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User Name Thread Name Subject Posted
Frank Hamilton Music Etiquette Question -- Blind Spots (65* d) RE: Music Etiquette Question -- Blind Spots 26 Sep 99


Alcohol is the problem. People go to bars to "loosen up" which is often a euphenism for becoming obnoxious. When I played bars I selected material that could penetrate the alcoholic haze. Thoughtful ballads and story lines that required concentration on the part of the audience didn't work. Some could pull it off. Bob Gibson was a master at it. To play bars, you gotta' be there in that there's an identification taking place. You have to be in the "bar space". I don't go there so I have trouble with those scenes. When people drink, they don't want to pay attention too closely. They want to be entertained which means to me the want to laugh or be shocked in some way or have background music for their conversation which generally consists of raucous laughter and animated talk. If I play in that kind of environment, I'd prefer to be background music. It's easier.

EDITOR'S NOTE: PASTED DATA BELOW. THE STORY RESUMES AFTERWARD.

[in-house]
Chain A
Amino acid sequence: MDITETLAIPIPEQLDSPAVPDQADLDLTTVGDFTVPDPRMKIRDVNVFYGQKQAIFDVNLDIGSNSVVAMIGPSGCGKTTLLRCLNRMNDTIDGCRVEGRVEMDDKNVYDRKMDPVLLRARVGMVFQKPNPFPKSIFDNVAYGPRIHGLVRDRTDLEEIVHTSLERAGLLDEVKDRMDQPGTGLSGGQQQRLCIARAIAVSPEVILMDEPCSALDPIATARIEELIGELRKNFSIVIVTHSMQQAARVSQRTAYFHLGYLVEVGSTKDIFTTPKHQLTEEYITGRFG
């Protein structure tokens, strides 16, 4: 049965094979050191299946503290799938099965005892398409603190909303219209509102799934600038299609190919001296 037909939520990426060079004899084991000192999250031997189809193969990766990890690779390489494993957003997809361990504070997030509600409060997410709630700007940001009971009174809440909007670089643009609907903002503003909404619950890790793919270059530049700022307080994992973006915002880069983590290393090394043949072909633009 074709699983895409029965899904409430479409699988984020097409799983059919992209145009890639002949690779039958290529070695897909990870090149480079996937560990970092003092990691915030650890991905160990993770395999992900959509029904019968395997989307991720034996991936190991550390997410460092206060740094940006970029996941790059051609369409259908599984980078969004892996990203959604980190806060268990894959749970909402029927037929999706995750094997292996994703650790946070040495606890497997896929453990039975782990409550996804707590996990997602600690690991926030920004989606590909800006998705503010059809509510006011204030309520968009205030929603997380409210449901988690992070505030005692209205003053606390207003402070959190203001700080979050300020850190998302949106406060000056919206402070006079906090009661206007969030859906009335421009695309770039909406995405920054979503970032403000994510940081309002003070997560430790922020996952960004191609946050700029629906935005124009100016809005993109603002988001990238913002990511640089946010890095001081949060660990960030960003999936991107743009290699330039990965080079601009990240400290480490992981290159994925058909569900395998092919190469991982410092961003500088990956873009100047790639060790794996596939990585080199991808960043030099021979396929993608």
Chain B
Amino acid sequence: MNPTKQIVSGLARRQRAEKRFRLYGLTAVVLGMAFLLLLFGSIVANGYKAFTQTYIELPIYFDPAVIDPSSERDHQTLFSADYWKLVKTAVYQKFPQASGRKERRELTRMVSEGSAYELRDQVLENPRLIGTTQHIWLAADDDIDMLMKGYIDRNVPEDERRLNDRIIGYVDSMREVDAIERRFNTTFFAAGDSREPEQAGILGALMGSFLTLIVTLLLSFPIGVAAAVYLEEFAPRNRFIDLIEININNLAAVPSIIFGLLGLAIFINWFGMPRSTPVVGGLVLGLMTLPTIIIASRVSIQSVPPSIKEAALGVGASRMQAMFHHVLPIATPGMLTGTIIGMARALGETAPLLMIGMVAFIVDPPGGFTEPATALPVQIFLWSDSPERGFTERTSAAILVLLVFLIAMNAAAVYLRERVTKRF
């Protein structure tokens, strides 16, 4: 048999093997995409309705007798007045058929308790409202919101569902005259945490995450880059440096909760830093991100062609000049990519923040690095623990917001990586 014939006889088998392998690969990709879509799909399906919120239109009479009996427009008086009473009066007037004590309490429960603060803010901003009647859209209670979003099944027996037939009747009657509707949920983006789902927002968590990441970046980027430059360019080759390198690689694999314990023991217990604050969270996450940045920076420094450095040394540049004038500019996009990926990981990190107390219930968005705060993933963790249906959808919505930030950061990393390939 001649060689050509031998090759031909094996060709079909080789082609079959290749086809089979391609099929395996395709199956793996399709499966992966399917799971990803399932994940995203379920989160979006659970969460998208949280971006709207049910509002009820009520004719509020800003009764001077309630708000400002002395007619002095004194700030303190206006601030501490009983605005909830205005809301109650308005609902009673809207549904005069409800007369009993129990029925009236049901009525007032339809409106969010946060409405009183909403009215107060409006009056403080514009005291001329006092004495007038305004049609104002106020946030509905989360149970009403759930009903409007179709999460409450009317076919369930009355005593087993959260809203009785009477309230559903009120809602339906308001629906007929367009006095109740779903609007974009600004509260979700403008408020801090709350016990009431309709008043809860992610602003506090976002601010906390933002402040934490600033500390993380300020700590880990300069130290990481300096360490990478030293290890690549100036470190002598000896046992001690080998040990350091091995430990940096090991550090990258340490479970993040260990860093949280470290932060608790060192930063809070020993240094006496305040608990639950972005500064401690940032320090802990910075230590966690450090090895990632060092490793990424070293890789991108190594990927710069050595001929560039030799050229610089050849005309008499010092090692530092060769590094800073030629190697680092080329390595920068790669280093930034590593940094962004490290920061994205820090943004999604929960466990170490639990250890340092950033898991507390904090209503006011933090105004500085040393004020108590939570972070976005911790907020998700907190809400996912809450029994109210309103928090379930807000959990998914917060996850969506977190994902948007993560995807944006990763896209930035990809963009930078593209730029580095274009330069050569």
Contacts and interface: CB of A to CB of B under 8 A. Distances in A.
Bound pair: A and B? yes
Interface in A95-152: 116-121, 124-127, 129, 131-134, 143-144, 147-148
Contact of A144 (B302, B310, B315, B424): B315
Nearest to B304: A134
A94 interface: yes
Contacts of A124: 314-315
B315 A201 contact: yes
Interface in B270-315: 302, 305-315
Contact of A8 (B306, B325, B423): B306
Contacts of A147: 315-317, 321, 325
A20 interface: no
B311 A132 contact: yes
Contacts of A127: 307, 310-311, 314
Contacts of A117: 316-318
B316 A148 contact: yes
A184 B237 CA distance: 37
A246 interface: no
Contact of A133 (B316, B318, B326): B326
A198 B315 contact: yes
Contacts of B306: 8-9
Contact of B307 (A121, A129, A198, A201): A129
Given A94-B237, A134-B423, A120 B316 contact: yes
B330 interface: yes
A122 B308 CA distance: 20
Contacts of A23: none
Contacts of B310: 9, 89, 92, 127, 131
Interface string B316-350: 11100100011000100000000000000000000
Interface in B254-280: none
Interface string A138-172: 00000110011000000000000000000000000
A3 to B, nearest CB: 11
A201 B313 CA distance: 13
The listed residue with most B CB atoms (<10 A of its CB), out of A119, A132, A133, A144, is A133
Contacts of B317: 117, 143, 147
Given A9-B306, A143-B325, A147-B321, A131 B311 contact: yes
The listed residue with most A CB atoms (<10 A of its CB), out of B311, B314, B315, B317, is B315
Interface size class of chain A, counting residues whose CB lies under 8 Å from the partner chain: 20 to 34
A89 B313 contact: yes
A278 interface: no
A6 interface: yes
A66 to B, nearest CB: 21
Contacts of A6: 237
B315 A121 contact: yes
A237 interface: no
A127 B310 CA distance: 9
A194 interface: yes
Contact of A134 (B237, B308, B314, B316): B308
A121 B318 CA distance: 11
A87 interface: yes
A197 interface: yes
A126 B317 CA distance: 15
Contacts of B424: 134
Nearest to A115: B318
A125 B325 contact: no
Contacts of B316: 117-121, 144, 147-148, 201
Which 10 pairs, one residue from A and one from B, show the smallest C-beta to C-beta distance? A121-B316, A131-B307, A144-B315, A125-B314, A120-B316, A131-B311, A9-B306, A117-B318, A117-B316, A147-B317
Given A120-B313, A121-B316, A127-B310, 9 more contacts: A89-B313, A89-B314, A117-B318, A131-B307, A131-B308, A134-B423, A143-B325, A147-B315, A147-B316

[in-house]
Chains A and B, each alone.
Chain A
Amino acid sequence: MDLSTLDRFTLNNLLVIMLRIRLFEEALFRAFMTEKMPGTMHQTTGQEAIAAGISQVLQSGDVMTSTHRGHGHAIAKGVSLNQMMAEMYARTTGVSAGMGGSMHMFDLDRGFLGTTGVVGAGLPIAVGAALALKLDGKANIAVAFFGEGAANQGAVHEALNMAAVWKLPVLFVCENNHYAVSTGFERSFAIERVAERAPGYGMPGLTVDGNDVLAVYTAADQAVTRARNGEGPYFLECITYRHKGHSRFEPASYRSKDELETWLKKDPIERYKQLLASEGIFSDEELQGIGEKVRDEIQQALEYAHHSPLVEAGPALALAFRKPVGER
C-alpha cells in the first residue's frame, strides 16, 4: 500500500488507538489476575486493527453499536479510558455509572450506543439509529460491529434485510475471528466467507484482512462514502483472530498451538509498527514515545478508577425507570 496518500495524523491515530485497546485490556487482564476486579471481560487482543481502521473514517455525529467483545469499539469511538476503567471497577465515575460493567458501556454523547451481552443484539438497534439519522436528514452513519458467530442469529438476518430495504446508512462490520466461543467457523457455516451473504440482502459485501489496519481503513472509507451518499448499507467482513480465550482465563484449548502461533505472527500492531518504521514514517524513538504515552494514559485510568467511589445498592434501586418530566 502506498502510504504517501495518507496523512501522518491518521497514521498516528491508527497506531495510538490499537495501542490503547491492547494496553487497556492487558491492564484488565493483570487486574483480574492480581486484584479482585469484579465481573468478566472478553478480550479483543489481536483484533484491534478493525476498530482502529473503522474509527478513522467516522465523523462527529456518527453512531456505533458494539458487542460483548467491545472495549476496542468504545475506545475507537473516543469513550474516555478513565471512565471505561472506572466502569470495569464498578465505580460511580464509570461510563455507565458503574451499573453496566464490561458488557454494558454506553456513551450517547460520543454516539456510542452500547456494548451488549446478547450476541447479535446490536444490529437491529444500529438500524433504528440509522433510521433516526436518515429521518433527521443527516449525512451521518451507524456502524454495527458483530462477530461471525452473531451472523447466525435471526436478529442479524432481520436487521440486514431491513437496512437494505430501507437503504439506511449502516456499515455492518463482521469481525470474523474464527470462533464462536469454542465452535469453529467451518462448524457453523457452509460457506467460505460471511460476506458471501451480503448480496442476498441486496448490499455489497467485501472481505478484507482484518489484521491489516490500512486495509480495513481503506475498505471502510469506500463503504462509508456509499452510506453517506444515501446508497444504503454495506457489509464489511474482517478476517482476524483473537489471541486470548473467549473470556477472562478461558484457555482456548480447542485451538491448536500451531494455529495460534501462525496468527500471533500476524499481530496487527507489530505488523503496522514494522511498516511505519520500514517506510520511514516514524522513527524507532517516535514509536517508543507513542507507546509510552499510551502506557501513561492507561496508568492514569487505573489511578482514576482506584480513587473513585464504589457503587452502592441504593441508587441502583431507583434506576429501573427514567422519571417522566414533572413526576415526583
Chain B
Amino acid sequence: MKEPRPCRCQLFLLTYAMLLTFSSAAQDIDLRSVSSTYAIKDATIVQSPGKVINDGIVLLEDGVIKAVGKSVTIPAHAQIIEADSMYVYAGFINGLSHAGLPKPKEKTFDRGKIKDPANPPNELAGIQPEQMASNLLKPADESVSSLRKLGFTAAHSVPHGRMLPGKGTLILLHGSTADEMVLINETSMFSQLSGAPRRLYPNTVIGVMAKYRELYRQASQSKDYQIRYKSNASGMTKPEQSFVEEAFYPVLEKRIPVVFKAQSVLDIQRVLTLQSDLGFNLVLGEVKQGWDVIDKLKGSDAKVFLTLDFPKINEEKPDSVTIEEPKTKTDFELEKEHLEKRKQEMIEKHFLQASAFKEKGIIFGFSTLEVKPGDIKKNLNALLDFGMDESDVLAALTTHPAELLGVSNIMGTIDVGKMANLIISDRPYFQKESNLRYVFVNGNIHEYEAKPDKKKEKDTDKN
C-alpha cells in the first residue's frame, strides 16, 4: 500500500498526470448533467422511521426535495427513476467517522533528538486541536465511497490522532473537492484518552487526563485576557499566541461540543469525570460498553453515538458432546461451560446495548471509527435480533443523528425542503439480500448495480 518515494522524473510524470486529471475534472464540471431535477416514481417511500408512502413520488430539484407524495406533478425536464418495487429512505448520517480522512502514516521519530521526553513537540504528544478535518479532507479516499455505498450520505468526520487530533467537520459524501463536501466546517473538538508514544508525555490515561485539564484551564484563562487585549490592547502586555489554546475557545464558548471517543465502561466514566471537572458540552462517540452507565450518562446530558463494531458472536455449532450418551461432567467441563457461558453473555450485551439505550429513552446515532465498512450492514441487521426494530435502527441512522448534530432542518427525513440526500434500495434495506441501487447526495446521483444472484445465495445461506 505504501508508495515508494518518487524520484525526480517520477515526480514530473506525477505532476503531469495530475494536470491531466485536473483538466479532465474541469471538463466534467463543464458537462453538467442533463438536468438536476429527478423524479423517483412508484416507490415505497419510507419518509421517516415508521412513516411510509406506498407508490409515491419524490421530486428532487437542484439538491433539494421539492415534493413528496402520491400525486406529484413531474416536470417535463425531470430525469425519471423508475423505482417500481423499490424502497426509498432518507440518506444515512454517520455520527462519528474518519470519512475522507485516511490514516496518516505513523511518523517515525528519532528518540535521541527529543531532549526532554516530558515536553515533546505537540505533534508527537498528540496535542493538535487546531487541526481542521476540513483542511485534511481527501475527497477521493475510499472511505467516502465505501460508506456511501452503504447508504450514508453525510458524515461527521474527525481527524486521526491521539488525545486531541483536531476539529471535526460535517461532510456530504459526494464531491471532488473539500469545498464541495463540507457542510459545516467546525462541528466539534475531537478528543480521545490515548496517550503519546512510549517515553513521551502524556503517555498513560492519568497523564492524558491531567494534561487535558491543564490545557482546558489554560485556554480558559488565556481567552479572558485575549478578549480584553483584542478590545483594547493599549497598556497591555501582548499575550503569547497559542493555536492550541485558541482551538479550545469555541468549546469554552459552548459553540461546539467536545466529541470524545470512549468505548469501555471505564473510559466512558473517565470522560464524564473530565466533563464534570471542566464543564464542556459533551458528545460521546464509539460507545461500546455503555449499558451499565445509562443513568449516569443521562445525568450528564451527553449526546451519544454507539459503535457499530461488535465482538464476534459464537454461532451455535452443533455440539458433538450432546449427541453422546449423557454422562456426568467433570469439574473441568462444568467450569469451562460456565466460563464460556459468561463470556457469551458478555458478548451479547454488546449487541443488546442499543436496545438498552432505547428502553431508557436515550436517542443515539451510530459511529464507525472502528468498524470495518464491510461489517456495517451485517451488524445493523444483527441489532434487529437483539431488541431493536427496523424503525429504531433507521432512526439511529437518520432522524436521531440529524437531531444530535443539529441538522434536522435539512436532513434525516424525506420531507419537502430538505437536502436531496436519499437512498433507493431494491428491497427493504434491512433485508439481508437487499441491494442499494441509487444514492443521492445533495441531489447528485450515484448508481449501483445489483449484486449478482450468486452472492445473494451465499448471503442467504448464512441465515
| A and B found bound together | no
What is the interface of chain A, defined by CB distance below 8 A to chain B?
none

I think the pub scene is different in England and Ireland than it is in America. When I sang an American folk song in an Irish pub in Spittal, everyone listened intensely and identified with the performance. The same was true when we visited "O'Neils Ballad Lounge" to hear a group in Bundoran, it was the same experience. Drunk or no, the audience was "into it". It' probably because the people there are very close to their folk roots.

I don't have any advice except that there's no worse audience than a drunken American. By in large, a gross generality I realize but we are so jaded when it comes to entertainment.

Frank Hamilton


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